"This new data set provides a unique opportunity to evaluate the associations between a highly comprehensive dataset based on brain imaging, clinical examinations and other biomarkers and the entire genome or selected candidate genes," said Andrew Saykin, Psy.D., director of the IU Center for Neuroimaging at the Indiana University School of Medicine, who leads the genetics research team.
"Where most prior research focused on the association between genetic variations and the presence or absence of Alzheimer's disease, the new project and data should facilitate novel gene discovery based on associations with neuroimaging patterns detected in the ADNI data," Dr. Saykin said.
For example, "this data set can be analyzed to indentify unanticipated genes associated with hippocampal atrophy, a characteristic of Alzheimer's disease," said Steven Potkin, M.D, director of the Brain Imaging Center of the University of California, Irvine, an investigator involved in the data analysis.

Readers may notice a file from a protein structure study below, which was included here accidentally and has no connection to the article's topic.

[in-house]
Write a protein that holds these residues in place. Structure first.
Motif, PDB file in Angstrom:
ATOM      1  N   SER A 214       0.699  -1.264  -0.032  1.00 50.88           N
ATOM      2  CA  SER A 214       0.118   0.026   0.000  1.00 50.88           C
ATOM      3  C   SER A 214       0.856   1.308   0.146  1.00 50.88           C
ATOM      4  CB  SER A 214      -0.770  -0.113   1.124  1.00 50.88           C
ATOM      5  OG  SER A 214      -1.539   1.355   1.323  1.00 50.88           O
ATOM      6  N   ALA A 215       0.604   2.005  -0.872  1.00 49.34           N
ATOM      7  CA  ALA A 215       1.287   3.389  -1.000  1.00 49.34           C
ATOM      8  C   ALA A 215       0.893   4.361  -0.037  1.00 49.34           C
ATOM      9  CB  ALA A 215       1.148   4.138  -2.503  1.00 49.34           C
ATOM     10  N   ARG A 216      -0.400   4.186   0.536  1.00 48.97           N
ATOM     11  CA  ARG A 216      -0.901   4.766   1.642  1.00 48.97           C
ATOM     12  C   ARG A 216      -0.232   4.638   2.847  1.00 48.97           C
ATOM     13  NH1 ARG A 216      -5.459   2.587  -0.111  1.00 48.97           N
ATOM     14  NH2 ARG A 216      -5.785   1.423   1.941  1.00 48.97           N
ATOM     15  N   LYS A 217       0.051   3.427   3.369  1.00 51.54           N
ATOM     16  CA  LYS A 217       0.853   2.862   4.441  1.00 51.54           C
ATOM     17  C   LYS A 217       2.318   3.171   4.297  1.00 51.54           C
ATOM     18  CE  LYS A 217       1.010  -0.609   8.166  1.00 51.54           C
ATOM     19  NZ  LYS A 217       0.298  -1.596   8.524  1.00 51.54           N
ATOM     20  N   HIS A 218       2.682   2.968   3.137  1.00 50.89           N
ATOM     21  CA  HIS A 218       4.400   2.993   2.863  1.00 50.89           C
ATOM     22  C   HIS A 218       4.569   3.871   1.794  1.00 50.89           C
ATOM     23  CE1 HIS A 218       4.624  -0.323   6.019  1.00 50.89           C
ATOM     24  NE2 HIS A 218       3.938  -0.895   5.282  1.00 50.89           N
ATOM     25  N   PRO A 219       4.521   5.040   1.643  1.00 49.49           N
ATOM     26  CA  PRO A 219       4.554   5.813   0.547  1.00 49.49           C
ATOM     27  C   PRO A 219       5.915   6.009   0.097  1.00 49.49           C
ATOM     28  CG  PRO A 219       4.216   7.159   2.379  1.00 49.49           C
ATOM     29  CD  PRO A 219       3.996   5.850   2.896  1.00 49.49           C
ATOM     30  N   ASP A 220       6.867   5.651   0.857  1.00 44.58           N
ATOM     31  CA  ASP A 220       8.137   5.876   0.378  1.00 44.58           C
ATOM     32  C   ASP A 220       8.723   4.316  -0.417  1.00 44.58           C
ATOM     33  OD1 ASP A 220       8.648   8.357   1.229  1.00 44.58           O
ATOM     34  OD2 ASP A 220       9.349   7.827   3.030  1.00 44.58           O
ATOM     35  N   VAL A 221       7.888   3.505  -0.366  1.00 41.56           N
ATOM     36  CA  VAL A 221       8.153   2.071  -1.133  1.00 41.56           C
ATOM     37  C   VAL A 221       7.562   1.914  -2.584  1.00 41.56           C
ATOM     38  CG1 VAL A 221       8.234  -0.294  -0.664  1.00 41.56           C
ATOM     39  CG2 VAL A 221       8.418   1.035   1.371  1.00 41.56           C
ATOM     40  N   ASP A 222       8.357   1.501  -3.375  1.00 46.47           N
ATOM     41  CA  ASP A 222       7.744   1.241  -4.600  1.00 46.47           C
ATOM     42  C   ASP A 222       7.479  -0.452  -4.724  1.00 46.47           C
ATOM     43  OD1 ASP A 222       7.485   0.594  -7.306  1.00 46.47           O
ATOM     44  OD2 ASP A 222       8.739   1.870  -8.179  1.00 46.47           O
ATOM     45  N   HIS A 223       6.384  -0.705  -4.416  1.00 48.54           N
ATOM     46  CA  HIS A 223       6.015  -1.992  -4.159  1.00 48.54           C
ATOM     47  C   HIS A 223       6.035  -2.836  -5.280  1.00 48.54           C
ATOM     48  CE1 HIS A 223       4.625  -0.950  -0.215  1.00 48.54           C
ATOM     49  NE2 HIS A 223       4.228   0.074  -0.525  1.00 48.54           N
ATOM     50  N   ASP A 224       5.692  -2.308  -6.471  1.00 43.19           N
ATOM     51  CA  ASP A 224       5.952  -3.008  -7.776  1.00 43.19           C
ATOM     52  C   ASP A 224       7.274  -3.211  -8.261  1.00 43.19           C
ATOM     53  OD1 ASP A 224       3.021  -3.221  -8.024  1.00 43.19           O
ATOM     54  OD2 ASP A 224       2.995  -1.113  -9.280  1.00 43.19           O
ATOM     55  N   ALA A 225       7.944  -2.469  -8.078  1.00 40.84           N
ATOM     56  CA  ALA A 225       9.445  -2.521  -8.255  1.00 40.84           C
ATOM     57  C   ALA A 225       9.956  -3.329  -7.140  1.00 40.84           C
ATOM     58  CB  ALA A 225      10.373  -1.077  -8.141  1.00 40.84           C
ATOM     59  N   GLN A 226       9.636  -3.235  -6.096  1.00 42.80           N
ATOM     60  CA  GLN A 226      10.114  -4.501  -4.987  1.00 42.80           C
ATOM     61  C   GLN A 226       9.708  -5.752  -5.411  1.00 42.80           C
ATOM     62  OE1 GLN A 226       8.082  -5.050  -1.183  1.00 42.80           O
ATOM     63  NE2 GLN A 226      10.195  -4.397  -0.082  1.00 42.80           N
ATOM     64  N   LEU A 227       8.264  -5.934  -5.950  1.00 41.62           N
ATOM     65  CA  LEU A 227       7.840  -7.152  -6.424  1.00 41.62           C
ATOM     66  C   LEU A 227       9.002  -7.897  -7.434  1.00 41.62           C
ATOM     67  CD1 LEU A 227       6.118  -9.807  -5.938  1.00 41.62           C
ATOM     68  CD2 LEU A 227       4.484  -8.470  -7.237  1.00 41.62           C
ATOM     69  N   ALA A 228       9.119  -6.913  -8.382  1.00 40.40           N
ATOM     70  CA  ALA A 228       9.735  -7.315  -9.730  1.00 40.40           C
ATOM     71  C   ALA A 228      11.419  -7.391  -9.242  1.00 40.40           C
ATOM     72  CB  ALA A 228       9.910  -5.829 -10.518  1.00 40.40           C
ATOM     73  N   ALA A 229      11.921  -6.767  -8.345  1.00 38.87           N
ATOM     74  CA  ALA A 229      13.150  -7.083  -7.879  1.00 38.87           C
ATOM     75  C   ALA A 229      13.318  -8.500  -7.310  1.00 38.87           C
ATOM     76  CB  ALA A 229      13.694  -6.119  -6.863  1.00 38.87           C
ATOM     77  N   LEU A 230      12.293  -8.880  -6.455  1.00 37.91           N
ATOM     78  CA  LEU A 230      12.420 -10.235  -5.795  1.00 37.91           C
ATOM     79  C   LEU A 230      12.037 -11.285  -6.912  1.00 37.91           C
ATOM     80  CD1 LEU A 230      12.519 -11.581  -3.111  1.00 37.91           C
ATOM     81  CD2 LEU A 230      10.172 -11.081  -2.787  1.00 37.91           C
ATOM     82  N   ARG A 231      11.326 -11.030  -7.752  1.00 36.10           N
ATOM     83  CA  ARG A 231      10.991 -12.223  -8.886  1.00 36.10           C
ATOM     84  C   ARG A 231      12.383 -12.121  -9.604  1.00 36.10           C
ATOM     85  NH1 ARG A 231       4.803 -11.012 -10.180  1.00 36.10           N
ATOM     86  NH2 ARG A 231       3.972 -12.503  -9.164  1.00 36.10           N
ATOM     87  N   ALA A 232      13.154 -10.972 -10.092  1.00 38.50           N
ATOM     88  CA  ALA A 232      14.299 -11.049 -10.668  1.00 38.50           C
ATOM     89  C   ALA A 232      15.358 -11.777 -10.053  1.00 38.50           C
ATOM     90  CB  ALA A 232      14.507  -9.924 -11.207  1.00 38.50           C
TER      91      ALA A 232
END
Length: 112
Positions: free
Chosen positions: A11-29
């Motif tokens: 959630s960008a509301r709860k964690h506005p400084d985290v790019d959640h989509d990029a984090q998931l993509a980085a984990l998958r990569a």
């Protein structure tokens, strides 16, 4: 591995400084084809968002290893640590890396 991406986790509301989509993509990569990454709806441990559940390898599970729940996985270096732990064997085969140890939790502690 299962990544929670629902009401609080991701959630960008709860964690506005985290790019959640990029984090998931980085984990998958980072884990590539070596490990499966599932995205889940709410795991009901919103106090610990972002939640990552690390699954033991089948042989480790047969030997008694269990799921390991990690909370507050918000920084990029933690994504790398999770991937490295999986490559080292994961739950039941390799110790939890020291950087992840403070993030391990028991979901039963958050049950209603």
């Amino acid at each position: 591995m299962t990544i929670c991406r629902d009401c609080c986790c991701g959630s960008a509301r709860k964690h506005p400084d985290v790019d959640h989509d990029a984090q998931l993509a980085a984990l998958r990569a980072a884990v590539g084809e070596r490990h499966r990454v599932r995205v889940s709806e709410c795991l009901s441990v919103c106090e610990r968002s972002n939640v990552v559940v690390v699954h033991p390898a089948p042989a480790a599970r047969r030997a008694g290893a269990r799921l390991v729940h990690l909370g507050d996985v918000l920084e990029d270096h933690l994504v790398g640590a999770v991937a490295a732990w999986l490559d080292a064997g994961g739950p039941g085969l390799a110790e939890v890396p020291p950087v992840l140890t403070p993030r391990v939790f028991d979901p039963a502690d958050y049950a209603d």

ADNI Principal Investigator Michael Weiner, M.D., director of the Center for the Imaging of Neurodegenerative Diseases at the San Francisco VA Medical Center and professor of radiology, medicine, psychiatry, and neurology at the University of California, San Francisco, said, "The release of this genetics data, in combination with the clinical, cognitive, MRI, PET, and blood/cerebrospinal fluid data already in the ADNI database, will now allow investigators to explore genetic factors related to the rate of progression of Alzheimer's disease. Access to this huge amount of data on a public website, from an ongoing clinical study, is unprecedented."
All data from the ADNI consortium are available to qualified investigators through a web-based database (www.loni.ucla.e
|Contact: Eric B. Schoch|